The Life in Their Eyes

This post was written in response to a prompt from the red dress club:
Flash Fiction can be fun and a real challenge. This week focus on the words and the strength of each to contribute to your story. Write a 300 word piece using the following word for inspiration: LIFE.
* * *

There’s a sign at the entrance to Bitsy’s Diner.
“She’s selling out.” Spank waves his spatula in the air. 
“This diner is your future, El.  The money I got invested in this place will get you out of Medford.”
“But…”
“You got your whole life ahead of you, child.  This is your opportunity to go and live it.”
“You know how she’s always going on about the city,” Spank says.
Years ago, Bitsy took me to New York.  The people crowded on the sidewalk regarded one another with eyes of indifference.  There were lights and noises and people.  Everywhere, people. 
“City’s full of life, Ellie.”  Bitsy’s eyes gleam.
Life.
* * *
Annie once said babies grew on trees.  Told me I sprouted from a pink blossom in the apple orchard over yonder hill.  Told me she watched me grow fat and red before plucking me from the branch to bring me home.
Jonathan once told me that babies came from potatoes.  “Cut one into pieces and you got babies.  Just be sure an’ plant ‘em with their eyes looking towards the sky.  The life is in their eyes, Ellie.”
Bitsy once said that Annie and Jonathan were full of shit; said a girl oughta’ know her birds from her bees.   But I took their meaning:  Life surrounds me in the country.
* * *
“A body can’t fit into the city,” I say now and the gleam in Bitsy’s eyes fades to hopelessness, reminding me of the homeless man at Penn Station with fingerless gloves and a tattered Starbucks cup full of nickels and dull, lifeless eyes.
“I choose to stay, Bitsy.  I choose the farm.”
And in so choosing my life, I fear I have destroyed Bitsy’s.

21 thoughts on “The Life in Their Eyes

  1. The visual imagery in these lines if perfect:

    “Annie once said babies grew on trees. Told me I sprouted from a pink blossom in the apple orchard over yonder hill. Told me she watched me grow fat and red before plucking me from the branch to bring me home.”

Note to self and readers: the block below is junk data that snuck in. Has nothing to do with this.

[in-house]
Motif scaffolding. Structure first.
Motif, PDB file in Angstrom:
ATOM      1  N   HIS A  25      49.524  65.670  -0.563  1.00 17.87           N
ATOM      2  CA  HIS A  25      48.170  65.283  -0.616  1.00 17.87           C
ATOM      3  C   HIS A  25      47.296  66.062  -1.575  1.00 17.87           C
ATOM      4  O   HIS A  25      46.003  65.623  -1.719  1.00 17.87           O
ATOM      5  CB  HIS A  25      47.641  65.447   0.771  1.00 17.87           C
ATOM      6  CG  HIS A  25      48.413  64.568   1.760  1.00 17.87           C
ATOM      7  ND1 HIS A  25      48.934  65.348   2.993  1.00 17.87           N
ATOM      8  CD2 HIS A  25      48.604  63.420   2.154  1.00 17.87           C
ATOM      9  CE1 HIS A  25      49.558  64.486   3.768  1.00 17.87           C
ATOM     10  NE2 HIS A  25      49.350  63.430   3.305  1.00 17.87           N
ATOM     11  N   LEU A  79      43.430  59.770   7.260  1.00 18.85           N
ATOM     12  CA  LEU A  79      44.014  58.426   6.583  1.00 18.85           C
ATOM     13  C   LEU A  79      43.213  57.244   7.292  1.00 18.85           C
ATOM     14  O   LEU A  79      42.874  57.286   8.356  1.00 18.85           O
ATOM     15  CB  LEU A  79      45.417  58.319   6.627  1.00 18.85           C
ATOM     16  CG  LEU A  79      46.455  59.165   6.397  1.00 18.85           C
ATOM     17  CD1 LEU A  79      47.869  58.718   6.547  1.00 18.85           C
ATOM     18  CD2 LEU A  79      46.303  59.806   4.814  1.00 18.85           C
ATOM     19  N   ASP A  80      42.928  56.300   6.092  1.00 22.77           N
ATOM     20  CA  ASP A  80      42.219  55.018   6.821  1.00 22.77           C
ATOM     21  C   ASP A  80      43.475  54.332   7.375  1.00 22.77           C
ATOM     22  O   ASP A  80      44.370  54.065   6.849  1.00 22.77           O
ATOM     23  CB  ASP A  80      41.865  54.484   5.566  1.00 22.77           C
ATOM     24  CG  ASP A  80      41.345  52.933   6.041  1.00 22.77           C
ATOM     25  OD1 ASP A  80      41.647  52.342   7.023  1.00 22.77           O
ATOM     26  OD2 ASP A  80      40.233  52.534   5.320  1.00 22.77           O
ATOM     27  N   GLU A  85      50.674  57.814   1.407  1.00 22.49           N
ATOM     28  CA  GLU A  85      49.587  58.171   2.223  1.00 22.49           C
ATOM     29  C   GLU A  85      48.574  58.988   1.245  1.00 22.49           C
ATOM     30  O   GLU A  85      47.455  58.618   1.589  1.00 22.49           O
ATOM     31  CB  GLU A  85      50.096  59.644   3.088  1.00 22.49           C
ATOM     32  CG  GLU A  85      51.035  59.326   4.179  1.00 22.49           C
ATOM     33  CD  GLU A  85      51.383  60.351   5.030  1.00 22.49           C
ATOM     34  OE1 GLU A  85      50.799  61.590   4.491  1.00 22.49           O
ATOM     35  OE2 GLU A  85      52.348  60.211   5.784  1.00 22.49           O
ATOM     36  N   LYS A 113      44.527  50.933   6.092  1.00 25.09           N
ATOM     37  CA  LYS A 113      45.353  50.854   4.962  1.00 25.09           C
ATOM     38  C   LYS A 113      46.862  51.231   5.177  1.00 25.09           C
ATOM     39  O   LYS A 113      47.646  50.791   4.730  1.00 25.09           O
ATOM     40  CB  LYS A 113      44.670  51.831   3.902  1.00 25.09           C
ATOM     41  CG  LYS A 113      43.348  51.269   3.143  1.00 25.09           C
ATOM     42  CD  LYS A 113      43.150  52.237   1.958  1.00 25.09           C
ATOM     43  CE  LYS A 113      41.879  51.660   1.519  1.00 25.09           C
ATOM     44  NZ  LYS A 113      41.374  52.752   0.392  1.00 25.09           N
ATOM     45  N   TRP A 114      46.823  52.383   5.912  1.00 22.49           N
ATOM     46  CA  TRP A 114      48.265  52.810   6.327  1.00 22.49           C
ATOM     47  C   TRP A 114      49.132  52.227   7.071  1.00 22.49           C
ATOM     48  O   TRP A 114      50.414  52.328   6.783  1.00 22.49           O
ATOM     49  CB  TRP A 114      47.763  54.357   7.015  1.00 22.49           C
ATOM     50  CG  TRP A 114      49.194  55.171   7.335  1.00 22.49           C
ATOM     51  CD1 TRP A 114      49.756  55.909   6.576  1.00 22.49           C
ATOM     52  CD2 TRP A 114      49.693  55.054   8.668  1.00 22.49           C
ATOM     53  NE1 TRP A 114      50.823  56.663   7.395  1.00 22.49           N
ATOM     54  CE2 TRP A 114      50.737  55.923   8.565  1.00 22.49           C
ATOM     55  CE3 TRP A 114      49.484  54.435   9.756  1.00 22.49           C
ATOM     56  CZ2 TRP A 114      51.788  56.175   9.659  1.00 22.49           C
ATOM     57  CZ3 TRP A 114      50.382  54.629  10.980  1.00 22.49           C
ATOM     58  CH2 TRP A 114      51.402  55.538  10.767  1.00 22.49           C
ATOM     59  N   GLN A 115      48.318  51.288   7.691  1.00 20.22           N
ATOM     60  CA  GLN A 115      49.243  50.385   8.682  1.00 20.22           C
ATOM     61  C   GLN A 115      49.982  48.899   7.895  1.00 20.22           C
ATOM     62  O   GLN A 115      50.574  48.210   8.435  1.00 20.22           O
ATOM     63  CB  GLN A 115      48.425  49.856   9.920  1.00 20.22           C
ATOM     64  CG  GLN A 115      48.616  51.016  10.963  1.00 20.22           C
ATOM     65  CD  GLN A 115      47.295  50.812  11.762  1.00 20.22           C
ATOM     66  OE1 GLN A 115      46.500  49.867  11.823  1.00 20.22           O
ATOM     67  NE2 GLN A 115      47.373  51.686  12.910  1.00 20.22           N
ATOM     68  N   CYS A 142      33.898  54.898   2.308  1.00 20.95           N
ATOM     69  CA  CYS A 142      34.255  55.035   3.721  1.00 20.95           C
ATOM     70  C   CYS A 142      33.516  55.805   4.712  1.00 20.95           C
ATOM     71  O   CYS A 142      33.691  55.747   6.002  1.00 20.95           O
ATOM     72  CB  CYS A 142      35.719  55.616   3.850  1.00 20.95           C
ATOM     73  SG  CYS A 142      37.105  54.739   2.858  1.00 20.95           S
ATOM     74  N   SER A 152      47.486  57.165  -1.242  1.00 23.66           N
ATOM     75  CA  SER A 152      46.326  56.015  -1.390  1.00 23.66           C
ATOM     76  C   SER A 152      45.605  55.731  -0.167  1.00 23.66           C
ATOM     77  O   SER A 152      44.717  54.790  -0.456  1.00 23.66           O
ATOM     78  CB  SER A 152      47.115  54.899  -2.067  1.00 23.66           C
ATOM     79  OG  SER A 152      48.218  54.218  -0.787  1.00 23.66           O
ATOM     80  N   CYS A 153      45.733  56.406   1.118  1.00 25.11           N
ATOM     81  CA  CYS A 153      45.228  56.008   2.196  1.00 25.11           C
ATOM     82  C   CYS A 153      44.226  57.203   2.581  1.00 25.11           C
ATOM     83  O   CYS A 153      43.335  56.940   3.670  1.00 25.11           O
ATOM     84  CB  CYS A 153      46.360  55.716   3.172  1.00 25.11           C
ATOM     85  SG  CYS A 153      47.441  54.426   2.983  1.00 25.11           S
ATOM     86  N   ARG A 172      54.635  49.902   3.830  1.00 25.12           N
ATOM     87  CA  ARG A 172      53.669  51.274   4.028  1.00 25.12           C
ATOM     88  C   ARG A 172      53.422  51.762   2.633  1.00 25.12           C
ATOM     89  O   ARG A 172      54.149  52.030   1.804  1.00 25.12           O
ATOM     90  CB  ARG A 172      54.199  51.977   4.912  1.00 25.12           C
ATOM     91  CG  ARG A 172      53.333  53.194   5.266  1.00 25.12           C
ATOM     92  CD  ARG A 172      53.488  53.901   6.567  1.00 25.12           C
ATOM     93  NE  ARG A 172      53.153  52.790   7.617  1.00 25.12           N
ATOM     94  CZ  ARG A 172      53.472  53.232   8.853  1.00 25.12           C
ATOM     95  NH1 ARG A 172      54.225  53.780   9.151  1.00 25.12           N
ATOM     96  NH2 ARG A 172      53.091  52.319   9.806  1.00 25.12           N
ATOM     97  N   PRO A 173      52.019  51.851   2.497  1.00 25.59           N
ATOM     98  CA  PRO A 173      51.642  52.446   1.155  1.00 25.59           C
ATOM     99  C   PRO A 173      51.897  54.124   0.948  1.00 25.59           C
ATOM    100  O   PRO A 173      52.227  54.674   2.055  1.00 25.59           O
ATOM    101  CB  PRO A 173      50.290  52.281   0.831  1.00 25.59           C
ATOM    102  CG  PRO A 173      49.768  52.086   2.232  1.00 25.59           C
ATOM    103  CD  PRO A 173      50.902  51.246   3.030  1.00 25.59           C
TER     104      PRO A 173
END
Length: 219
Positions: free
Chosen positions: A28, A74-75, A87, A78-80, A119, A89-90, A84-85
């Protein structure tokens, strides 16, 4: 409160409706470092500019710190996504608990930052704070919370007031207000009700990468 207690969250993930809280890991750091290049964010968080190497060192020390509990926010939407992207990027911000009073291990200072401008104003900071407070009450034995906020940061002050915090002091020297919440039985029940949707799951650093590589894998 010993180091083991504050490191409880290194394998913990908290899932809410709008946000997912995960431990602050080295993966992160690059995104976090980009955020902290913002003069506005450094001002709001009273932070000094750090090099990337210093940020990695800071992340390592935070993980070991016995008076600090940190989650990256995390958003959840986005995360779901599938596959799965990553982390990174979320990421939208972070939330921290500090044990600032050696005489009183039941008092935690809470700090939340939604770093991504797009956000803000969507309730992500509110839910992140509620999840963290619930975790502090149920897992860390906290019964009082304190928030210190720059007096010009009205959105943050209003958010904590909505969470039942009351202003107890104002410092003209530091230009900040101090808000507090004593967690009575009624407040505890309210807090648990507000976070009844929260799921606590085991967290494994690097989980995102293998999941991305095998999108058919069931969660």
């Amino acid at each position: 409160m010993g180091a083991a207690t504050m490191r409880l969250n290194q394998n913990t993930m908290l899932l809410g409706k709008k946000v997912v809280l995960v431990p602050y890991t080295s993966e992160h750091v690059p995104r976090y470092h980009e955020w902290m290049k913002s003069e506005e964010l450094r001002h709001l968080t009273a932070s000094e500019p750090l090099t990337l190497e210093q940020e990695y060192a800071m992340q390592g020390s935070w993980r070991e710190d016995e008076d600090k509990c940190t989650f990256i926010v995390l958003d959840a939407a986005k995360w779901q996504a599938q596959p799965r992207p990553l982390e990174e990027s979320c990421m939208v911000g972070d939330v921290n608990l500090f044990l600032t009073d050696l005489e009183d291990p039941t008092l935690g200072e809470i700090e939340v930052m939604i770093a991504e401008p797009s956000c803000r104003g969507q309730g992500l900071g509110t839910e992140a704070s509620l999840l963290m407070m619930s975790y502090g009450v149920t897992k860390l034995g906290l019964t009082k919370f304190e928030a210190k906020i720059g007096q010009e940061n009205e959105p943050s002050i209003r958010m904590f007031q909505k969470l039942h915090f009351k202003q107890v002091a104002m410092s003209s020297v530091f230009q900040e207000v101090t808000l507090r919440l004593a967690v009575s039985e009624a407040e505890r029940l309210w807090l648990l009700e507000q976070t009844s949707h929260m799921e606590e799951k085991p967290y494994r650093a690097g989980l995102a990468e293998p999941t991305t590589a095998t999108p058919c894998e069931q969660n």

2. You had me at Medford – I’m visiting there next month.

    I found it a little confusing though – too many names, in such a short piece. Was not sure who Bitsy and ?El? were in relation to each other.

    I loved the second section, and actually, the last, too. It’s damn hard making a story with so few words, and you did beautifully, all considered.

  3. Beverly,
    I’d call this a flash scene within a larger piece of fiction, the novel I’m working on. So the characters would make sense within the novel. You could say I cheated. Thanks for reading. And, yes, I’d like to live in Medford, too.

  4. I wanted to address this prompt, but I just can’t figure out flash fiction. You did such a nice job with it. “Cut one into pieces and you got babies. Just be sure an’ plant ‘em with their eyes looking towards the sky. The life is in their eyes, Ellie.” Loved those lines.

  5. Thanks so much, Susan! When I was planting potatoes a few years ago, my dad told me to plant them with their eyes looking at the sky. I’ve had that line in my head ever since.

  6. I like the dialogue between them and the way they express themselves. some of the things they say remind me of my granmother’s old sayings. This is a story I could follow.

  7. Oh my god. I am in love with the simplicity of the middle section. The apple blossoms and potatoes. Gorgeous! I’m left with the sense of beauty and appreciation far more appealing than Bitsy’s no nonsense view of life.

  8. What a nice little slice of life piece! I love the conversational tone of your writing. Your character’s dialogue flows well and is very believable. Like some of your other commenters, I liked the following lines best:

    “Cut one into pieces and you got babies. Just be sure an’ plant ‘em with their eyes looking towards the sky. The life is in their eyes, Ellie.”

    LOVED that. That’s one of those lines we writers dream of writing 🙂

    Great response to the prompt!

  9. I adore the short vignettes, the slice of life, and the way that you used language to create time and place.

    The section about apples and potatoes, birds and bees? Perfection.

  10. Thanks, Galit! Now, if I could get all these various scenes to come together, I may have something…

  11. Thanks for reading! I just got lucky with those lines. The eyes towards the sky came from my dad when I told him I was planting potatoes and the rest just kind of came on its own after that. I love when it works out that way.

  12. Thanks! Poor Bitsy. She’s just looking out for Ellie. But she’s got her priorities all messed up.

  13. Thank you! I’m going for a slower time; a simpler time; so I’m glad the conversation worked.

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